PHILADELPHIA, March 14, 2019 – City Council today adopted legislation introduced by Councilwoman Cherelle Parker (9th District) that will put a question on the May ballot regarding increasing Pennsylvania’s minimum wage to $15 per hour by 2025.
Pennsylvania’s minimum wage of $7.25 – the same as the federal minimum wage – has been unchanged for the past 10 years, while the cost of living has risen more than 13 percent since 2009. In the past decade, 29 states, including all of our neighboring states, have raised the wage floor for their workers, with the District of Columbia planning to increase its minimum wage to $15 by 2020, and New Jersey planning to hike its minimum wage to $15 by 2024.
The referendum would ask voters to amend the Philadelphia Home Rule Charter to call upon the General Assembly to raise the minimum wage to $15 by 2025 or alternatively to allow the City of Philadelphia to increase the minimum wage in Philadelphia. The legislation was co-sponsored by Council members Blondell Reynolds Brown (At-Large) and Mark Squilla (1st District).
“Raising the minimum wage will increase incomes for tens of thousands of working families in Philadelphia, allowing them to afford basic necessities,” said Parker, chair of Council’s Committee on Labor and Civil Service. “By moving this referendum forward, we will allow Philadelphia voters to send a strong message to the General Assembly using the ballot box.”
The City cannot increase the minimum wage alone. Philadelphia is preempted by PA State Act 112 from passing any minimum wage law, which means that minimum wage changes must occur at the state level.
Reverend Greg Holston, Executive Director, POWER: “As people of faith, we know that all work is valuable and all workers have dignity. Paying anything less than a living wage is wage theft. Pennsylvania is the only state in the region paying the shameful federal minimum wage of $7.25. Philadelphia should have the right of self-determination to raise the minimum wage and address the dire poverty that exists here, which disproportionately affects the city’s black and brown residents. We urge Philadelphians to vote yes on Resolution 190115.”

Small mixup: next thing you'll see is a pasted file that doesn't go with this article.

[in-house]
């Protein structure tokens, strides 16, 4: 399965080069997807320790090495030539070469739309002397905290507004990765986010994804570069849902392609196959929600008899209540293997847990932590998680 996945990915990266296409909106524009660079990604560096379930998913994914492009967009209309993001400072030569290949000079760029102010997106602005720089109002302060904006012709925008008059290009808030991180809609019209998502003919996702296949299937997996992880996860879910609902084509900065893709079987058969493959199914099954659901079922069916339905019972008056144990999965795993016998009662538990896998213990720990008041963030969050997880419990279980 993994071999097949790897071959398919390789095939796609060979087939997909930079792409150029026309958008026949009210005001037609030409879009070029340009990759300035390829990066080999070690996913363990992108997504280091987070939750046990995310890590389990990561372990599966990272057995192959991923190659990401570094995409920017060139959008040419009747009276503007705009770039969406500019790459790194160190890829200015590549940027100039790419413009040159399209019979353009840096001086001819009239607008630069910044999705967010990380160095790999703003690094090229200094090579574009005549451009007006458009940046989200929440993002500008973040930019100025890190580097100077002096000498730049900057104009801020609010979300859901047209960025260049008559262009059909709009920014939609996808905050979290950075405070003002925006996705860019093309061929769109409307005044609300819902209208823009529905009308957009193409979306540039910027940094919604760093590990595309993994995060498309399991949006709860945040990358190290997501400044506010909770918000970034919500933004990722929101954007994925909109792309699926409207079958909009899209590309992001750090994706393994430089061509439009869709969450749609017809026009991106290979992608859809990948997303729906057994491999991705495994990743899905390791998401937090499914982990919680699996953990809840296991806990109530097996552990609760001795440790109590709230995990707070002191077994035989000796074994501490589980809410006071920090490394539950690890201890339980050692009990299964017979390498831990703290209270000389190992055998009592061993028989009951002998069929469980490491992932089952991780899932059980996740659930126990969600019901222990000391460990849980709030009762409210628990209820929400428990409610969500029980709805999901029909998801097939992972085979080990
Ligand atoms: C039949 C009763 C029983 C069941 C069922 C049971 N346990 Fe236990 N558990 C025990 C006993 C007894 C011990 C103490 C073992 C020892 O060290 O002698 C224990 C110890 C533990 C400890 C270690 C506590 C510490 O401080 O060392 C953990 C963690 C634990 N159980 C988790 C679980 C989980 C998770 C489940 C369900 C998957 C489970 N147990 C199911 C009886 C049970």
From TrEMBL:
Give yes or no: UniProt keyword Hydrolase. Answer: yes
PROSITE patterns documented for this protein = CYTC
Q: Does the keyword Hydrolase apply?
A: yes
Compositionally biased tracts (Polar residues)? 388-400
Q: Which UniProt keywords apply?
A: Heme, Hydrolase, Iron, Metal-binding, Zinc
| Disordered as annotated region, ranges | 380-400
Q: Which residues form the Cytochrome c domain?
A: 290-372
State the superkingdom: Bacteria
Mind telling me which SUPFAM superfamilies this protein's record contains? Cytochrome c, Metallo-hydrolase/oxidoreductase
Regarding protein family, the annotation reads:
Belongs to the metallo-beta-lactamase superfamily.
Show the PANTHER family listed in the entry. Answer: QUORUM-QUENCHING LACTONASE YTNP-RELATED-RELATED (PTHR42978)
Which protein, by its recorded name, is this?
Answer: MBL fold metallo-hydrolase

Patrick Eiding, President, Philadelphia Council AFL-CIO: “You can count on the Philadelphia Council AFL-CIO to continue as a partner as we work together to raise wages for thousands of people in our city. While I know that some in the business community claim that the minimum wage is only paid to teenagers starting their first summer job, the truth is that 75 percent of low-wage workers are over age 20 and that the majority of low-wage workers are the sole provider for their household. The minimum wage is a poverty wage and the Philadelphia Council AFL-CIO strongly supports this legislation.”
Also in support of working families, Councilwoman Parker introduced a resolution Thursday authorizing Council’s Committee on Labor and Civil Service to hold a hearing examining low wages for parking workers in Philadelphia. The parking industry employs more than 1,000 workers who earn as little as $8.16 an hour.
“The parking industry is just one example of an industry that is booming on the backs of black and brown low-wage workers,” Parker said. “Many of these men and women work two and three jobs just to make ends meet, and they simply want what we all want – to be paid a decent, living wage.”
Councilwoman Cherelle L. Parker represents the 9th District, which includes East Mt. Airy, West Oak Lane, East Oak Lane, Lawncrest, Burholme, Olney, Oxford Circle and Logan. She is Chair of Council’s Committee on Labor and Civil Service and Vice Chair of Council’s Committee on Commerce and Economic Development.